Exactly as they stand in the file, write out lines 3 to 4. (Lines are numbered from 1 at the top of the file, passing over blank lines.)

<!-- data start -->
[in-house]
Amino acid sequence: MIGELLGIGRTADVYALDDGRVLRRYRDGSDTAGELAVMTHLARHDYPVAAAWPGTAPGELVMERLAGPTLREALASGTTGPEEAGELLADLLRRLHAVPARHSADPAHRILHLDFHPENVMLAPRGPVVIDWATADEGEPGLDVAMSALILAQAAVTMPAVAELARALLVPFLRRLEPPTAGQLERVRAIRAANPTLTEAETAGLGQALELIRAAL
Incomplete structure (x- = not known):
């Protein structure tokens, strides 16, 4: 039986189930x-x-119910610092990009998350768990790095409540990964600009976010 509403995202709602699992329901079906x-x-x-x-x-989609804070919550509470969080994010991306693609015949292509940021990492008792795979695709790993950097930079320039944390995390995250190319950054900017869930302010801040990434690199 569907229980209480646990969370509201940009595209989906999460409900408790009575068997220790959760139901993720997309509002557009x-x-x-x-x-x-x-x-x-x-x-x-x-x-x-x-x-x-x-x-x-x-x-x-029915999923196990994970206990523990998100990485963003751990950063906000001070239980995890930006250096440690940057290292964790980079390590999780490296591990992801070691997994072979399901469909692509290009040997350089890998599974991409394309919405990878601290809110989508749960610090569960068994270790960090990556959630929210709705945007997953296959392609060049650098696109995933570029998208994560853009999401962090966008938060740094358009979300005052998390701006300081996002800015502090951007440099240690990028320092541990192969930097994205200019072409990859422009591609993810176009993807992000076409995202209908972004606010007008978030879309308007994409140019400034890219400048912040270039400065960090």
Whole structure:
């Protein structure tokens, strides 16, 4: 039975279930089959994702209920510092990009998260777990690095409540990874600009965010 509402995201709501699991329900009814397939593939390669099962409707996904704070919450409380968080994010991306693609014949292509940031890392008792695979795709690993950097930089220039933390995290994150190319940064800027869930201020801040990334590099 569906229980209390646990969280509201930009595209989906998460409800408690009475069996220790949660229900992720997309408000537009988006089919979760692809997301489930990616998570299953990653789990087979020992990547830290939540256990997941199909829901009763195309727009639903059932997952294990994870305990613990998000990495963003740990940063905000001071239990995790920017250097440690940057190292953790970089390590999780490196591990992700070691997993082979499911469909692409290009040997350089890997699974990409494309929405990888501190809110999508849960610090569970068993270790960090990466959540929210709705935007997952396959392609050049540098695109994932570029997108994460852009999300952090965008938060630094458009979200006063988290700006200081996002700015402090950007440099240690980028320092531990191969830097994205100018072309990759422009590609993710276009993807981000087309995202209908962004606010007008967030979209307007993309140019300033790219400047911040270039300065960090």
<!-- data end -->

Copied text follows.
Incomplete structure (x- = not known):
């Protein structure tokens, strides 16, 4: 039986189930x-x-119910610092990009998350768990790095409540990964600009976010 509403995202709602699992329901079906x-x-x-x-x-989609804070919550509470969080994010991306693609015949292509940021990492008792795979695709790993950097930079320039944390995390995250190319950054900017869930302010801040990434690199 569907229980209480646990969370509201940009595209989906999460409900408790009575068997220790959760139901993720997309509002557009x-x-x-x-x-x-x-x-x-x-x-x-x-x-x-x-x-x-x-x-x-x-x-x-029915999923196990994970206990523990998100990485963003751990950063906000001070239980995890930006250096440690940057290292964790980079390590999780490296591990992801070691997994072979399901469909692509290009040997350089890998599974991409394309919405990878601290809110989508749960610090569960068994270790960090990556959630929210709705945007997953296959392609060049650098696109995933570029998208994560853009999401962090966008938060740094358009979300005052998390701006300081996002800015502090951007440099240690990028320092541990192969930097994205200019072409990859422009591609993810176009993807992000076409995202209908972004606010007008978030879309308007994409140019400034890219400048912040270039400065960090």